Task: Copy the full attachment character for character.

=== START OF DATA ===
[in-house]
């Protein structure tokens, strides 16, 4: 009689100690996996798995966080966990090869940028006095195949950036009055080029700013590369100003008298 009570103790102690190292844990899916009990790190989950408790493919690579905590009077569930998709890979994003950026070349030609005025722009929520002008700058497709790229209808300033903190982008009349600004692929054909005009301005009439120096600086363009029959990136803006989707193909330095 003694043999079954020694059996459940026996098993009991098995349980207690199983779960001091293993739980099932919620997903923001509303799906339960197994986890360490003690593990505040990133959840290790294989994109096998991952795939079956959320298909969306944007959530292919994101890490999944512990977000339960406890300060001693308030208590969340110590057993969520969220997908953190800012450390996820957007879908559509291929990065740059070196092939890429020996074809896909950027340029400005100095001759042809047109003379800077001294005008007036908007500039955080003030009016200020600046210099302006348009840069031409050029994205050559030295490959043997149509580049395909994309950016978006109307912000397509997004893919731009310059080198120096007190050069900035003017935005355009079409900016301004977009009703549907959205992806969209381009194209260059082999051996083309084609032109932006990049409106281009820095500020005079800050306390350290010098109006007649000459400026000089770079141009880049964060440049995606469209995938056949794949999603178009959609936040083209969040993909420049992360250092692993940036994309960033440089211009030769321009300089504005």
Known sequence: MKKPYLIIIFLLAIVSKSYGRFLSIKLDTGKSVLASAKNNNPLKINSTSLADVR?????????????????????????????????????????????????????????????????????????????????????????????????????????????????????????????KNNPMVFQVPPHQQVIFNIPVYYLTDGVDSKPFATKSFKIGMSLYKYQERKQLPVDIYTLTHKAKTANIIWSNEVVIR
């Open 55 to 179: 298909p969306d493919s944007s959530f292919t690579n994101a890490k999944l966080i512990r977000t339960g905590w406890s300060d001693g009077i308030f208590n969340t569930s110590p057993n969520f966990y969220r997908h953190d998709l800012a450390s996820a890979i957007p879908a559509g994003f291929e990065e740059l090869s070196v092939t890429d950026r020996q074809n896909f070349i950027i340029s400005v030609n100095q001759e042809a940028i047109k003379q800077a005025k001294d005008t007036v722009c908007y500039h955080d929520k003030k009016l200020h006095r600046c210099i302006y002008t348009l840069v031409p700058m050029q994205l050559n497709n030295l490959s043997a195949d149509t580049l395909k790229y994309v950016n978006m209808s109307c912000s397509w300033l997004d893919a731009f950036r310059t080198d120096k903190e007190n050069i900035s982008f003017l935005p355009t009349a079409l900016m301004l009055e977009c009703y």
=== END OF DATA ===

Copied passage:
[in-house]
């Protein structure tokens, strides 16, 4: 009689100690996996798995966080966990090869940028006095195949950036009055080029700013590369100003008298 009570103790102690190292844990899916009990790190989950408790493919690579905590009077569930998709890979994003950026070349030609005025722009929520002008700058497709790229209808300033903190982008009349600004692929054909005009301005009439120096600086363009029959990136803006989707193909330095 003694043999079954020694059996459940026996098993009991098995349980207690199983779960001091293993739980099932919620997903923001509303799906339960197994986890360490003690593990505040990133959840290790294989994109096998991952795939079956959320298909969306944007959530292919994101890490999944512990977000339960406890300060001693308030208590969340110590057993969520969220997908953190800012450390996820957007879908559509291929990065740059070196092939890429020996074809896909950027340029400005100095001759042809047109003379800077001294005008007036908007500039955080003030009016200020600046210099302006348009840069031409050029994205050559030295490959043997149509580049395909994309950016978006109307912000397509997004893919731009310059080198120096007190050069900035003017935005355009079409900016301004977009009703549907959205992806969209381009194209260059082999051996083309084609032109932006990049409106281009820095500020005079800050306390350290010098109006007649000459400026000089770079141009880049964060440049995606469209995938056949794949999603178009959609936040083209969040993909420049992360250092692993940036994309960033440089211009030769321009300089504005």
Known sequence: MKKPYLIIIFLLAIVSKSYGRFLSIKLDTGKSVLASAKNNNPLKINSTSLADVR?????????????????????????????????????????????????????????????????????????????????????????????????????????????????????????????KNNPMVFQVPPHQQVIFNIPVYYLTDGVDSKPFATKSFKIGMSLYKYQERKQLPVDIYTLTHKAKTANIIWSNEVVIR
């Open 55 to 179: 298909p969306d493919s944007s959530f292919t690579n994101a890490k999944l966080i512990r977000t339960g905590w406890s300060d001693g009077i308030f208590n969340t569930s110590p057993n969520f966990y969220r997908h953190d998709l800012a450390s996820a890979i957007p879908a559509g994003f291929e990065e740059l090869s070196v092939t890429d950026r020996q074809n896909f070349i950027i340029s400005v030609n100095q001759e042809a940028i047109k003379q800077a005025k001294d005008t007036v722009c908007y500039h955080d929520k003030k009016l200020h006095r600046c210099i302006y002008t348009l840069v031409p700058m050029q994205l050559n497709n030295l490959s043997a195949d149509t580049l395909k790229y994309v950016n978006m209808s109307c912000s397509w300033l997004d893919a731009f950036r310059t080198d120096k903190e007190n050069i900035s982008f003017l935005p355009t009349a079409l900016m301004l009055e977009c009703y």